This free open-source tool can help game developers make procedural ivy

There are plenty of tools to help game developers create environmental objects, like SpeedTree, which has famously been used to help make the trees in everything from The Witcher 3 to Assassin's Creed Origins. Game designer Robert Yang has just released a new open-source tool that can help developers create ivy and spread it over surfaces without having to do every inch by hand. It's called Hedera, and it's built on code originally written by Thomas Luft in 2006, which "strongly affirms the value of open source dev" as Yang put it on Twitter.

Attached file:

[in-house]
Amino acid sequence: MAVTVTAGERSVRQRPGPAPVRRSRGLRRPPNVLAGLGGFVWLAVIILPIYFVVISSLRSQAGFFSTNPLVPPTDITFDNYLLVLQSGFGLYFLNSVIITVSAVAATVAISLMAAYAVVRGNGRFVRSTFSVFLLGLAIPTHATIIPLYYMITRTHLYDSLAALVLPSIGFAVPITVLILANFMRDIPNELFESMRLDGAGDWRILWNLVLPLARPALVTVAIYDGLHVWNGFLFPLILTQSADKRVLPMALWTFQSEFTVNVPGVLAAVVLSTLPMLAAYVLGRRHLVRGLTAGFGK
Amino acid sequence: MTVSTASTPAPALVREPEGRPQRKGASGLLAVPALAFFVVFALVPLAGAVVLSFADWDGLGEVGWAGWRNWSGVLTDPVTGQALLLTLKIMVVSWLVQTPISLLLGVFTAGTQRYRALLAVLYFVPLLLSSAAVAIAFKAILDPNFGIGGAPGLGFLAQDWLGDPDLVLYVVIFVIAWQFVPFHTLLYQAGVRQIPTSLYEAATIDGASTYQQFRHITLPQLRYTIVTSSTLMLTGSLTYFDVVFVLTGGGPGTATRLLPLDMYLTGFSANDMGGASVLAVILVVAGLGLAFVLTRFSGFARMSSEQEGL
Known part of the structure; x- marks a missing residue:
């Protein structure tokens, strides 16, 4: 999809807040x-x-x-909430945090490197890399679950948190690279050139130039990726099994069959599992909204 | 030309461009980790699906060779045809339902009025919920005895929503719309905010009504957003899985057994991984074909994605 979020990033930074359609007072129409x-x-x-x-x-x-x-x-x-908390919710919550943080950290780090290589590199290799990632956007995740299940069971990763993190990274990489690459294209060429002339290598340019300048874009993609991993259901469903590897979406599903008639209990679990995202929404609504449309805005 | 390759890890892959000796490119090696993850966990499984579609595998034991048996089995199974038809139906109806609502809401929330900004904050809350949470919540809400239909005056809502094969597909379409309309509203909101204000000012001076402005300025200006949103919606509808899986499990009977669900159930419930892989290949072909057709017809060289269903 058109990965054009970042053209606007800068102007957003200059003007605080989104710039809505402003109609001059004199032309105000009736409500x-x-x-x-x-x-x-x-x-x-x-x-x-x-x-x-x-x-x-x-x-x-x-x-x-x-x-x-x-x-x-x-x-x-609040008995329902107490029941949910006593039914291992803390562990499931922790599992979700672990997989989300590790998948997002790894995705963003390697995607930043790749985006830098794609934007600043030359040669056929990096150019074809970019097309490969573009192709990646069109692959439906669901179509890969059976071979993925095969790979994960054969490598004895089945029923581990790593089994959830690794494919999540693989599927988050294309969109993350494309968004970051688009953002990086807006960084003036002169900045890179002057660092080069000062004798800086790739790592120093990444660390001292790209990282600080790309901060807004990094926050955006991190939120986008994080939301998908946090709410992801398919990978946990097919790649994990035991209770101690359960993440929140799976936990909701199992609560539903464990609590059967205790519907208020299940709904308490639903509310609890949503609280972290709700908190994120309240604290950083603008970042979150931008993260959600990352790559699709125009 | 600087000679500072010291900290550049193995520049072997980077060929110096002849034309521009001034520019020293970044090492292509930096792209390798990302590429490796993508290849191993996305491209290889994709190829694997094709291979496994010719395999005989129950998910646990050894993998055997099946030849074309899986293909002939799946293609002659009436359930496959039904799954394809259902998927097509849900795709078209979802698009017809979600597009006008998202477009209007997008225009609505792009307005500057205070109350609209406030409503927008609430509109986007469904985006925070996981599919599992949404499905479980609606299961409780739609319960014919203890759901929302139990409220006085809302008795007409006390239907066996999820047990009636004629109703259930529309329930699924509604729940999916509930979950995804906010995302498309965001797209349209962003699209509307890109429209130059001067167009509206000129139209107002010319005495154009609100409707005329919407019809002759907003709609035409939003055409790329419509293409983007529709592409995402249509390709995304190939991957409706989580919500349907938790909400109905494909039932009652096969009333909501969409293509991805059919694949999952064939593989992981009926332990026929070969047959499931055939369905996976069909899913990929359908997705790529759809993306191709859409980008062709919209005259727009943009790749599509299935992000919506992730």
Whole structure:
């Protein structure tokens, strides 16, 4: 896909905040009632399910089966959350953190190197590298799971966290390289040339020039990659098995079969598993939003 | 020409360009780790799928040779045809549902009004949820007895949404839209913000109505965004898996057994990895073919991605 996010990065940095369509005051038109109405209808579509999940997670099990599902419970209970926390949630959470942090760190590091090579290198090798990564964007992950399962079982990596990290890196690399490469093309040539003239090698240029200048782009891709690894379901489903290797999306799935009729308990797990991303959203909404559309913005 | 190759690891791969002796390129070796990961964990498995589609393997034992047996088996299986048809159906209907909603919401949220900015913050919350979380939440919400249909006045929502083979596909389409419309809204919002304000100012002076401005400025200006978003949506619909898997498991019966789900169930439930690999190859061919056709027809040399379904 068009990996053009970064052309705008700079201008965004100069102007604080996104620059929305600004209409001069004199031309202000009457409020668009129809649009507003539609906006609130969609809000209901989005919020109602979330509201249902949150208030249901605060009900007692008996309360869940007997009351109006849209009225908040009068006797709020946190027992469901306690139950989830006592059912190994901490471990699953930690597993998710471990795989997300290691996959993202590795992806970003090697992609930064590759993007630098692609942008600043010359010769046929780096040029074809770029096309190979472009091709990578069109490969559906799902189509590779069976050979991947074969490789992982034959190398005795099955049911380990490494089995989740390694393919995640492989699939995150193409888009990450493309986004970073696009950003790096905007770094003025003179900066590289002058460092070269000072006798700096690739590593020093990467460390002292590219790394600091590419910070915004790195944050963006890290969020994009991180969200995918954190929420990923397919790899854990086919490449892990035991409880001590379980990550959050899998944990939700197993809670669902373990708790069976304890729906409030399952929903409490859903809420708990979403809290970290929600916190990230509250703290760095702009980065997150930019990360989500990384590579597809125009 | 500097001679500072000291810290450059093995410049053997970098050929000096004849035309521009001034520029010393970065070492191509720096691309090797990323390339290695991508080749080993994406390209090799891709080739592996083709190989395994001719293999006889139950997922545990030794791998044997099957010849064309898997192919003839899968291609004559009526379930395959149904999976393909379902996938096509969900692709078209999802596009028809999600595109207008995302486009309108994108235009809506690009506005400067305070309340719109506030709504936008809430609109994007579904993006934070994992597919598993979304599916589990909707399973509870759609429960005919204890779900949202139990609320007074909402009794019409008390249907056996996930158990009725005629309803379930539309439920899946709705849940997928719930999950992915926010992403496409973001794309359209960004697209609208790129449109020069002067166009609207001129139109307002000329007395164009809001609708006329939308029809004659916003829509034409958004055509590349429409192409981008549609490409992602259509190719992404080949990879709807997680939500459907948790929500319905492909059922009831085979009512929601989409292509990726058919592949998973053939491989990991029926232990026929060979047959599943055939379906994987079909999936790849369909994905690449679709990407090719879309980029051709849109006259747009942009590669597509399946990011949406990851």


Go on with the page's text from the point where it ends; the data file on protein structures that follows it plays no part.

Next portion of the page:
Hedera lets developers paint ivy onto 3D objects, "with detailed growth sim and proc gen mesh options", and comes with different presets for varying degrees of realistic or cartoonish ivy to suit any given game's style. Or you can just get in there and mess with the shaders and textures yourself.

This is a tool specifically for games being made in Unity, an engine which has been used to make plenty of games people don't associate with it—games like Hearthstone, Cities: Skylines, Wasteland 2, Beat Saber, and Cuphead, for instance, were all made in Unity.

Hedera can be downloaded here.